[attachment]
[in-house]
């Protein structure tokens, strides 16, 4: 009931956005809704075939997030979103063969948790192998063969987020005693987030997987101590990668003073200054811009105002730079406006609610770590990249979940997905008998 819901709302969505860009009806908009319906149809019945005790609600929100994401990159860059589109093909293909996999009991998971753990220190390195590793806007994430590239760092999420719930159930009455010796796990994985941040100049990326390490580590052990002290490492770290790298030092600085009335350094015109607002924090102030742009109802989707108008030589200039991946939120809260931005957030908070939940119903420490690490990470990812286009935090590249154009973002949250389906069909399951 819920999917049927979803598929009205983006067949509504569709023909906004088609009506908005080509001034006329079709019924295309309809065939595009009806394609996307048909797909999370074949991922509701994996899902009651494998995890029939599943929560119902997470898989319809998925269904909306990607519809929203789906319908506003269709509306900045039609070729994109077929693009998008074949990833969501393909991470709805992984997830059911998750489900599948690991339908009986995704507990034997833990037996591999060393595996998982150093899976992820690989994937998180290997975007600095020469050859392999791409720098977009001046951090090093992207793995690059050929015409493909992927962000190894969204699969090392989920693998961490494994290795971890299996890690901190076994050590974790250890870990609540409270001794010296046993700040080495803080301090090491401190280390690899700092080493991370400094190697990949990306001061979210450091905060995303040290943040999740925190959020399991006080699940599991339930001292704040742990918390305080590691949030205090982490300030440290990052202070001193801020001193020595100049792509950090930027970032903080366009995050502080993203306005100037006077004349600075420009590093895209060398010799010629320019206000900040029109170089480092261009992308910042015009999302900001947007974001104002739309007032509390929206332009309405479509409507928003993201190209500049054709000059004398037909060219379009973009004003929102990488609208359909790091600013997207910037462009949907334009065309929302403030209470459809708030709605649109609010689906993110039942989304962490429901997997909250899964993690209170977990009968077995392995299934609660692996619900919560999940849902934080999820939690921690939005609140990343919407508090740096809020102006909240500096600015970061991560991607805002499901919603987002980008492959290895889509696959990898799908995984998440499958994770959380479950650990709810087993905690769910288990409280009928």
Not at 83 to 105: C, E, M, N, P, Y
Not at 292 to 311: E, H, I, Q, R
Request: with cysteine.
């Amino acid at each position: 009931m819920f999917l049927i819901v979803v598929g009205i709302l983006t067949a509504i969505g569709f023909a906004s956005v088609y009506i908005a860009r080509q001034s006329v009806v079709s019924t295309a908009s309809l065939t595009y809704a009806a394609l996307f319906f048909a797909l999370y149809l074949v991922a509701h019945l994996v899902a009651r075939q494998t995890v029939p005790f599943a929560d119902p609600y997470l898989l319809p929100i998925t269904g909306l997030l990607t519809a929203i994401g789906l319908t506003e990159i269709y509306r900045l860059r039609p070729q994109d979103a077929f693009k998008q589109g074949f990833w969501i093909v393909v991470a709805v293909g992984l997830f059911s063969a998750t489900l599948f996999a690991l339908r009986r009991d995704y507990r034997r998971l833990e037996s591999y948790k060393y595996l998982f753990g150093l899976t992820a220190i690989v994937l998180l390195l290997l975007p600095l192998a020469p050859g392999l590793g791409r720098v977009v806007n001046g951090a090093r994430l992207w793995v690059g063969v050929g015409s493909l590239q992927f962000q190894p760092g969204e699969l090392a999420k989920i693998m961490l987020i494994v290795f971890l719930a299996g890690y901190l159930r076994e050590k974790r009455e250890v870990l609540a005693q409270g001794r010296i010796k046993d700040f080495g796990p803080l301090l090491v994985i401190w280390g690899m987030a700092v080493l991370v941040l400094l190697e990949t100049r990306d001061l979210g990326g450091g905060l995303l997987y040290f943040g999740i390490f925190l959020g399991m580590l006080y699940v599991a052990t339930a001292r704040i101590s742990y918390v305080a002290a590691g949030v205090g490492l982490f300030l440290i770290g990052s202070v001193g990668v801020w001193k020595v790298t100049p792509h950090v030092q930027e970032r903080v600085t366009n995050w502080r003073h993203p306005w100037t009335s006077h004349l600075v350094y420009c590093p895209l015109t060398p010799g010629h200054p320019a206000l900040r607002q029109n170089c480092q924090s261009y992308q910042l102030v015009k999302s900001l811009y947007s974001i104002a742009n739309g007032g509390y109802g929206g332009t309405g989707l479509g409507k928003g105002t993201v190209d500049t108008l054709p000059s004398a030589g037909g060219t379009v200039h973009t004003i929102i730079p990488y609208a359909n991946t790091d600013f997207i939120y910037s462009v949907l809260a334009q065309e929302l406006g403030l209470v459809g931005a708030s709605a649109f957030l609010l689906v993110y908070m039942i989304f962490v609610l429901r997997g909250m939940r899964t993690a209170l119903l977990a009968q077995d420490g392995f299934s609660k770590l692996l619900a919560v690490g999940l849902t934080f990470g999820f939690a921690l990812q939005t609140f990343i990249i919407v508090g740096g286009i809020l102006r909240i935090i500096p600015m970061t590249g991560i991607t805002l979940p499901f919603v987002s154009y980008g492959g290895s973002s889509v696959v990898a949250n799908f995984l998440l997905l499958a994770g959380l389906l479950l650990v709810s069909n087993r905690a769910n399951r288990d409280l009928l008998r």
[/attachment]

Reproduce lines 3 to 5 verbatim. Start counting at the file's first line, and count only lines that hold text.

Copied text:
Not at 83 to 105: C, E, M, N, P, Y
Not at 292 to 311: E, H, I, Q, R
Request: with cysteine.